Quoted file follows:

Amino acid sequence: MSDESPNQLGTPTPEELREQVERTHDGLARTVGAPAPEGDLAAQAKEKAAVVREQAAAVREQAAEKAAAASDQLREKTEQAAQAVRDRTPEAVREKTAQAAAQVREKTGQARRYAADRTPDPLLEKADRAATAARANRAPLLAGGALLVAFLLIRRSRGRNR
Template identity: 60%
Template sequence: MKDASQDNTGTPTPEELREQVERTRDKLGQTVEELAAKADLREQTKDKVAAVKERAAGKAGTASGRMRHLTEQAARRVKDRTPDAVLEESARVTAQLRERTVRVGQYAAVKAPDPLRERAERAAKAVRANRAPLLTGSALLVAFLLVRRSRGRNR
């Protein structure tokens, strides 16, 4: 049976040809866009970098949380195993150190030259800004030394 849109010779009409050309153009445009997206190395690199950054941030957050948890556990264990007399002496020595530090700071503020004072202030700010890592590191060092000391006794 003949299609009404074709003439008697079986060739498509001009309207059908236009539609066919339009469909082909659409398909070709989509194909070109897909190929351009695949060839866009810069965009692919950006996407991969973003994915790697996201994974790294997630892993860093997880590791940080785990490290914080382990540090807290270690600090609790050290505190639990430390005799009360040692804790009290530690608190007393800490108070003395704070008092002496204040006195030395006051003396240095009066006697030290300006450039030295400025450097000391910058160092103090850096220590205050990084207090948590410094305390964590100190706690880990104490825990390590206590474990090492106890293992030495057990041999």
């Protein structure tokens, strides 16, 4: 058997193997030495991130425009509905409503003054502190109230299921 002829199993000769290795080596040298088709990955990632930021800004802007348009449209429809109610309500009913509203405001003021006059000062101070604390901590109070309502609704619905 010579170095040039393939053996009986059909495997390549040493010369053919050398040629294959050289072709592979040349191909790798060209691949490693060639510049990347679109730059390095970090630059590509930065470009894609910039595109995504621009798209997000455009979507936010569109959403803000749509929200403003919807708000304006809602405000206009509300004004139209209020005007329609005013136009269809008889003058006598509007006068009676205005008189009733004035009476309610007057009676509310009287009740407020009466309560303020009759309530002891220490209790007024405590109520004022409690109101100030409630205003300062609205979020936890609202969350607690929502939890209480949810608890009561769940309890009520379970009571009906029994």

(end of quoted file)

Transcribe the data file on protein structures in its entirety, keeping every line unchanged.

Amino acid sequence: MSDESPNQLGTPTPEELREQVERTHDGLARTVGAPAPEGDLAAQAKEKAAVVREQAAAVREQAAEKAAAASDQLREKTEQAAQAVRDRTPEAVREKTAQAAAQVREKTGQARRYAADRTPDPLLEKADRAATAARANRAPLLAGGALLVAFLLIRRSRGRNR
Template identity: 60%
Template sequence: MKDASQDNTGTPTPEELREQVERTRDKLGQTVEELAAKADLREQTKDKVAAVKERAAGKAGTASGRMRHLTEQAARRVKDRTPDAVLEESARVTAQLRERTVRVGQYAAVKAPDPLRERAERAAKAVRANRAPLLTGSALLVAFLLVRRSRGRNR
């Protein structure tokens, strides 16, 4: 049976040809866009970098949380195993150190030259800004030394 849109010779009409050309153009445009997206190395690199950054941030957050948890556990264990007399002496020595530090700071503020004072202030700010890592590191060092000391006794 003949299609009404074709003439008697079986060739498509001009309207059908236009539609066919339009469909082909659409398909070709989509194909070109897909190929351009695949060839866009810069965009692919950006996407991969973003994915790697996201994974790294997630892993860093997880590791940080785990490290914080382990540090807290270690600090609790050290505190639990430390005799009360040692804790009290530690608190007393800490108070003395704070008092002496204040006195030395006051003396240095009066006697030290300006450039030295400025450097000391910058160092103090850096220590205050990084207090948590410094305390964590100190706690880990104490825990390590206590474990090492106890293992030495057990041999």
């Protein structure tokens, strides 16, 4: 058997193997030495991130425009509905409503003054502190109230299921 002829199993000769290795080596040298088709990955990632930021800004802007348009449209429809109610309500009913509203405001003021006059000062101070604390901590109070309502609704619905 010579170095040039393939053996009986059909495997390549040493010369053919050398040629294959050289072709592979040349191909790798060209691949490693060639510049990347679109730059390095970090630059590509930065470009894609910039595109995504621009798209997000455009979507936010569109959403803000749509929200403003919807708000304006809602405000206009509300004004139209209020005007329609005013136009269809008889003058006598509007006068009676205005008189009733004035009476309610007057009676509310009287009740407020009466309560303020009759309530002891220490209790007024405590109520004022409690109101100030409630205003300062609205979020936890609202969350607690929502939890209480949810608890009561769940309890009520379970009571009906029994």